For Britta, however, this means going on the date with Abed-as-Troy, and it's her belief that their act is the result of Abed's continued issues with their relationship. The editing in the 2nd act is terrific, with Jeff realizing what's going on right around the same time Britta realizes that the guy across the table has been sent to break up with her. Both still playing the other, Troy and Abed lay down the facts as we cut back and forth between the two scenes; Troy can't bear the thought of manning up to break up with someone he cares about in order to go back to being friends, and thus Abed does it for him while pretending to BE him. I'm not going to suggest it works perfectly - maybe if it this had occurred right after an episode where the two of them were together, but apart from the tag with the Let's Chips a few episodes back, I wasn't even sure they were still together anymore anyway, so it's hard to get invested in what ultimately ends in a breakup. To be fair, part of the issue that causes it is that Troy realizes he liked being her friend more than her boyfriend, which would explain the lack of lovey-dovey stuff, but we haven't had much evidence to suggest they were ever even really together on a regular occurrence, and thus haven't noticed anything had changed. But it's easy to sympathize with Britta; it's not Gillian Jacobs' funniest performance by any means, but for the drama stuff, this should be her Emmy consideration episode as well. She goes from kind of annoyed to amused to confused and finally heartbroken all in the span of about 3 minutes of screentime, and while I never quite shined to the idea of them being a couple in the first place (regardless of how minimally it was depicted in the past 8-9 episodes), it's impossible not to feel for her when that final realization sets in - it's the saddest I've ever seen the character.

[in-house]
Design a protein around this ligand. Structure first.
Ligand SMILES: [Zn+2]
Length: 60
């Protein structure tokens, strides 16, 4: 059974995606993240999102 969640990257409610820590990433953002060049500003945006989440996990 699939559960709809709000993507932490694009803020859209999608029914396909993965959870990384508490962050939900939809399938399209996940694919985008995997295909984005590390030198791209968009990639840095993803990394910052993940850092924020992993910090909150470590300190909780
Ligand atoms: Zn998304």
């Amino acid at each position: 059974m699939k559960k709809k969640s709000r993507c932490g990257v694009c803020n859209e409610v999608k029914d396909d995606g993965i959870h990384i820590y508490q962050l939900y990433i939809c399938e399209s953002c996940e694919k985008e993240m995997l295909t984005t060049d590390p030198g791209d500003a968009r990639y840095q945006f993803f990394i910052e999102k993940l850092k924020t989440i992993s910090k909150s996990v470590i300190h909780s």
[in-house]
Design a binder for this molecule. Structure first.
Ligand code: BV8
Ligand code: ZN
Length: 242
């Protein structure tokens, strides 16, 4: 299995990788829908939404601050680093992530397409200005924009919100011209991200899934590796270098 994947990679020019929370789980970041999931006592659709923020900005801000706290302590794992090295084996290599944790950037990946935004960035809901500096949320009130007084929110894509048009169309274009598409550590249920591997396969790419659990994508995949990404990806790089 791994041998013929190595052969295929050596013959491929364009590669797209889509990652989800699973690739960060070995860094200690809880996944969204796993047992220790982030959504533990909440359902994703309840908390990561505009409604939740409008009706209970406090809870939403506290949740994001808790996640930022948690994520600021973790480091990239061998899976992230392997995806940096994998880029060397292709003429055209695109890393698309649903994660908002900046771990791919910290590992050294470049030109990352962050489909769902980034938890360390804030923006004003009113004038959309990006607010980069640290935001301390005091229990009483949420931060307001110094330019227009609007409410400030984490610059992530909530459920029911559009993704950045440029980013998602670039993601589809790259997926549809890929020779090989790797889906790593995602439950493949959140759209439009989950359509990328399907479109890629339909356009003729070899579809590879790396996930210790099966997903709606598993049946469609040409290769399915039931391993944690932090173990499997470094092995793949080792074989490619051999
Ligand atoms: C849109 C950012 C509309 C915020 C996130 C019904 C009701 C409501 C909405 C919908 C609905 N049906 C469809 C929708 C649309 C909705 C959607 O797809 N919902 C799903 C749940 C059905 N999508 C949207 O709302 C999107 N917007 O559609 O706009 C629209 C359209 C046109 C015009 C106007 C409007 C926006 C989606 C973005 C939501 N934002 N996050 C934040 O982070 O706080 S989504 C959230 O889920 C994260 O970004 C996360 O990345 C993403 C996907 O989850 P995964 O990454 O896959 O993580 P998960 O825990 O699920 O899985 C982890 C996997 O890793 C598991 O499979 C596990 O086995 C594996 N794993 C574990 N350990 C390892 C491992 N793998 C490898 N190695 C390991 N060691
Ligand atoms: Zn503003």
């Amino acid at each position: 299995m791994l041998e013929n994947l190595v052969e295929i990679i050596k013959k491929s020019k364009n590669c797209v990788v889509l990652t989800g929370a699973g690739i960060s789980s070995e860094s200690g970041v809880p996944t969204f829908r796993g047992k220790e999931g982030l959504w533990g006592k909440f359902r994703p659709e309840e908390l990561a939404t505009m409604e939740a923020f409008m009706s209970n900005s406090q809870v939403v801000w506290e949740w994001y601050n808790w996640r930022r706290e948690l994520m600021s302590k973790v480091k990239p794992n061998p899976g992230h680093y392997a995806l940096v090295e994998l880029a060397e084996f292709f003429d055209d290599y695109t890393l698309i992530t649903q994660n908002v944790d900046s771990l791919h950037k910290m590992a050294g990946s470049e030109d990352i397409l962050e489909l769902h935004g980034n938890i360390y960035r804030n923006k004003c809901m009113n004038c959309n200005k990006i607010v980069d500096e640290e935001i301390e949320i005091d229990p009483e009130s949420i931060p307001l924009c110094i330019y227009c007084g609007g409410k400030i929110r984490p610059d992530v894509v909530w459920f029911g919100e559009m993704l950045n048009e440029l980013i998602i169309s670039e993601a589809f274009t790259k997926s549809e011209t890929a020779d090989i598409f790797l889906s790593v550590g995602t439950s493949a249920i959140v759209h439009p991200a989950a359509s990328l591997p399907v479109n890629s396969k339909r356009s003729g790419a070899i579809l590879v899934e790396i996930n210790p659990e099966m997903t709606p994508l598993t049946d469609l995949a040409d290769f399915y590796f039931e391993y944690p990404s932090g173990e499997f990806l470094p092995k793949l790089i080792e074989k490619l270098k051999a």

Meanwhile, Annie and Shirley set about trying to figure out why Leonard's grades are so good; an odd subplot in a season full of them. Maybe he just works hard? Why can't they just ask him? Anyway, somewhere along the line Dean decides he and Jeff have swapped bodies as well (Jeff, of course, doesn't seem to agree), a pointless diversion that at least lets Rash show off his Joel McHale impression, which is actually quite good. I enjoyed some of this - Annie suddenly finding him attractive was a nice bit of physical acting from Brie - but I don't quite get the story logic behind it. Why is Dean, who hasn't even been witness to Troy and Abed's antics (which DID have a function), suddenly doing this? Even when he "explains" it near the end, it just seems like Rash and McHale the actors amusing one another more than anything that makes sense in the narrative. I guess we can assume the Dean was just bored and wanted to play a character without dressing up? I dunno.
Oh and Chevy gets written out of the bulk of the episode, as usual. Though UNLIKE usual, at least Rash's script has a good payoff for it - the reveal of what Pierce was up to the entire time is pretty hilarious, as are the 2-3 lines he gets in the first few moments (his line to Britta is a welcome return to S1 style Pierce). Chang doesn't even appear, but no real loss there.
As with "Cooperative Escapism In Familial Relations", if you find no use for the show beyond 22 minutes of straight laughs, skip over it. It's funny enough (Minor's lines are all winners, and the sight gag of Troy and Abed checking each others' penis size is wonderful; they're both impressed by the others' and disappointed with their own), but setting up the plot and dealing with the breakup are largely laugh-free sequences, which tend to annoy some people who bizarrely think that every other line needs to be a laugh for the episode to be considered a success. You need to be in a place where you genuinely care about these characters' lives in order for the episode (and a lot of the humor) to work, and on that regard it's one of the season's best, rightfully joining the roster of episodes that took seemingly silly concepts and used them to deliver some emotionally stirring material. Add Rash to the writing staff!